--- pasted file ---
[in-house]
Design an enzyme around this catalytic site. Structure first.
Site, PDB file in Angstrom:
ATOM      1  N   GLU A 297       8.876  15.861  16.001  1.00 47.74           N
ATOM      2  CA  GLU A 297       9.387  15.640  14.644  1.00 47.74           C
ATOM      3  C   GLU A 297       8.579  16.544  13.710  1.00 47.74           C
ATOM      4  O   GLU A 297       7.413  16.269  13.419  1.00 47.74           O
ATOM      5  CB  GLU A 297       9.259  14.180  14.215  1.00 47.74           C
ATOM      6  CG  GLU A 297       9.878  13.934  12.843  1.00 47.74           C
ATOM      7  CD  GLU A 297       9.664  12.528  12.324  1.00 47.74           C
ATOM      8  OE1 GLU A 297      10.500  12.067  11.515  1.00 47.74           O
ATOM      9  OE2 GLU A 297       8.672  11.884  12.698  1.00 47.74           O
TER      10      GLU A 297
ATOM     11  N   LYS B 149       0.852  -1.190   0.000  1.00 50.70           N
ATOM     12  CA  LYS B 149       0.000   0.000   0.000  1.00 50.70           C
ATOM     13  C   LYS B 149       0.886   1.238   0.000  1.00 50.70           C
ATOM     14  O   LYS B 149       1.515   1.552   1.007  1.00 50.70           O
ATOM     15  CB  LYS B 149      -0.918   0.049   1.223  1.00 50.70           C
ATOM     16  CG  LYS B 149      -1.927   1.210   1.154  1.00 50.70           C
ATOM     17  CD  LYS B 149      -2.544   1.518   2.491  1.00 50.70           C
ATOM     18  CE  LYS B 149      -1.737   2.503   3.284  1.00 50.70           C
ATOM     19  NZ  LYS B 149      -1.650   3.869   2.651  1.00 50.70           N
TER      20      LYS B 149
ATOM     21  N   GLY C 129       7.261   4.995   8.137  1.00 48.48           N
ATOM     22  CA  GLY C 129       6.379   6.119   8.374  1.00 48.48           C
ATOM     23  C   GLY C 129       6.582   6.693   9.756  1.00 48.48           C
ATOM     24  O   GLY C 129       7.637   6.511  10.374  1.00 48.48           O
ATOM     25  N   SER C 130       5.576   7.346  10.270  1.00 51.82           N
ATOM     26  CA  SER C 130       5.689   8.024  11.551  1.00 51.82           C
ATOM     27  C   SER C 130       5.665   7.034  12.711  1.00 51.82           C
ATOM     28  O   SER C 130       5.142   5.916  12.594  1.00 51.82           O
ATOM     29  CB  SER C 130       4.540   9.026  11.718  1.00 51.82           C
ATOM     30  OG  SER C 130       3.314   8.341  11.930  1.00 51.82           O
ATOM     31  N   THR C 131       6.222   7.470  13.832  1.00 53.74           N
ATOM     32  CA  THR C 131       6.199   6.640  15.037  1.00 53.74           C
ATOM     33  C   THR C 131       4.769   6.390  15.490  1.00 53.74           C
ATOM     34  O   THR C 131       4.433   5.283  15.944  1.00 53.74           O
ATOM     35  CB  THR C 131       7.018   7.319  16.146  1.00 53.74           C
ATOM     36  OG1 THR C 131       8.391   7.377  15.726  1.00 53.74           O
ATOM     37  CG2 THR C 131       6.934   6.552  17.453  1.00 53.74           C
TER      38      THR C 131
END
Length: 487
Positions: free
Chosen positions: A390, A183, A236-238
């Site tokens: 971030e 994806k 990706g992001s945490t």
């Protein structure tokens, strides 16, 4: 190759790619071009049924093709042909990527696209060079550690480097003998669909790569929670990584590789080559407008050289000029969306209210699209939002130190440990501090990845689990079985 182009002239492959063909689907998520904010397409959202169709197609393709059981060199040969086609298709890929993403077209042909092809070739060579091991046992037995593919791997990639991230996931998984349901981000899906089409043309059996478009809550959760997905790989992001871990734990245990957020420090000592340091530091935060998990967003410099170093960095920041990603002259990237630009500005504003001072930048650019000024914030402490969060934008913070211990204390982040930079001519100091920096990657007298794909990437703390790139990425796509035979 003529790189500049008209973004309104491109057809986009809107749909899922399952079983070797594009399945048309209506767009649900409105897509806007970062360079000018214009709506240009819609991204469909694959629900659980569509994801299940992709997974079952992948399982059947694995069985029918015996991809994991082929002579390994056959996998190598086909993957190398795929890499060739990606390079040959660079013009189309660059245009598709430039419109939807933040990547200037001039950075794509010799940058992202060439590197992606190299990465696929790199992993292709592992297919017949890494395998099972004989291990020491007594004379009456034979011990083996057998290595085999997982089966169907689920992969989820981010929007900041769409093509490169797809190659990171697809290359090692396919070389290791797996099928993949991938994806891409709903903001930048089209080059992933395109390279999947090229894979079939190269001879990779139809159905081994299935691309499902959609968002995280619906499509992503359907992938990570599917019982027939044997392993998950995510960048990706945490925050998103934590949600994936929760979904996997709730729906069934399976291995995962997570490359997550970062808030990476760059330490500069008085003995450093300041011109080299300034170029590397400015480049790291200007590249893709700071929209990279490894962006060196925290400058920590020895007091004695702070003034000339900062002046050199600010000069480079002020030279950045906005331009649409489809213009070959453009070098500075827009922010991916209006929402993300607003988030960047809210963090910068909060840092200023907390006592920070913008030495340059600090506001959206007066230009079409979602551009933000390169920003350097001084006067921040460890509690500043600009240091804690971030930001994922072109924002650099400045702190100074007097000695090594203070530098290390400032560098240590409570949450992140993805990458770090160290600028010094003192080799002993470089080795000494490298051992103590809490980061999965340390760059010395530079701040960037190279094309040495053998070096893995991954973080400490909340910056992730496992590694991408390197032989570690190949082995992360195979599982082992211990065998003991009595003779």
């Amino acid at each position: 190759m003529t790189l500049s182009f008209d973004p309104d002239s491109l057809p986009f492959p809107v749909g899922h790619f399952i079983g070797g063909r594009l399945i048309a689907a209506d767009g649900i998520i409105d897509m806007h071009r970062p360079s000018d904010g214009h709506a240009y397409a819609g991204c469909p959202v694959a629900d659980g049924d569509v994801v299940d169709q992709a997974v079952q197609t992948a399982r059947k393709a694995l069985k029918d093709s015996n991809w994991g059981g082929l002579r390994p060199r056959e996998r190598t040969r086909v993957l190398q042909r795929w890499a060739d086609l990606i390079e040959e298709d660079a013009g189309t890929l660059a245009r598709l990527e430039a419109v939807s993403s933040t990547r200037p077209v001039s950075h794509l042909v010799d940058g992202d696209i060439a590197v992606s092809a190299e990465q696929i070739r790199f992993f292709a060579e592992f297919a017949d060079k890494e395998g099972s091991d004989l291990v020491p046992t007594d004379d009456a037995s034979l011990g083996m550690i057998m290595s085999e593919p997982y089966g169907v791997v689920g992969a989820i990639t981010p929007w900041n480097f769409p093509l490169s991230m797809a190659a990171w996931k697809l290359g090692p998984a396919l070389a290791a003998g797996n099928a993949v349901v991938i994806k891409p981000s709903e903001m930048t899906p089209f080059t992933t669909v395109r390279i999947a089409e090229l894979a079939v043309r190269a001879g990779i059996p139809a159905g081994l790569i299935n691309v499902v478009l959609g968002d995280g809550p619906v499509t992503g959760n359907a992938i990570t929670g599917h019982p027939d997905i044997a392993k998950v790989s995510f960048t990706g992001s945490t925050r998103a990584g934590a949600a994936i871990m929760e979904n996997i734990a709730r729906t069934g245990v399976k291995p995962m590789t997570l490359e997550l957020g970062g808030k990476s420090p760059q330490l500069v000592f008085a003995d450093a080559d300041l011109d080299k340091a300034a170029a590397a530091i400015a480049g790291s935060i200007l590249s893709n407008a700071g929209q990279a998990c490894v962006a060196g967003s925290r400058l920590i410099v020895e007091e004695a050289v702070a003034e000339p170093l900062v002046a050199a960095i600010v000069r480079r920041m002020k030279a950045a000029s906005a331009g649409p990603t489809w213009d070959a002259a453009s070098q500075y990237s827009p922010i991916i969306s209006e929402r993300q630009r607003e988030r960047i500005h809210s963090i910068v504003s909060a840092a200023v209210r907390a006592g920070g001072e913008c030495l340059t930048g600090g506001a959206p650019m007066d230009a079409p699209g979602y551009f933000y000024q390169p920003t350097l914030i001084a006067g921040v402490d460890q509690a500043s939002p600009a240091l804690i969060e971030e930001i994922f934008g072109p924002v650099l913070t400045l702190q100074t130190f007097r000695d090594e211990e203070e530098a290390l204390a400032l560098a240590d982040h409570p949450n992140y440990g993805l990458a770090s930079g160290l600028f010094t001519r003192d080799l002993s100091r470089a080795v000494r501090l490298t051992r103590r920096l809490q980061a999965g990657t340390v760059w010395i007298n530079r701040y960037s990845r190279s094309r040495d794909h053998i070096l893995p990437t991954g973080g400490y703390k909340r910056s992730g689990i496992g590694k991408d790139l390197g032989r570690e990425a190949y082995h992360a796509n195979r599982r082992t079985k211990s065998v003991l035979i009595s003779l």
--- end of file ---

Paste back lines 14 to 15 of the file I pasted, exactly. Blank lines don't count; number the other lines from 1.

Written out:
ATOM     11  N   LYS B 149       0.852  -1.190   0.000  1.00 50.70           N
ATOM     12  CA  LYS B 149       0.000   0.000   0.000  1.00 50.70           C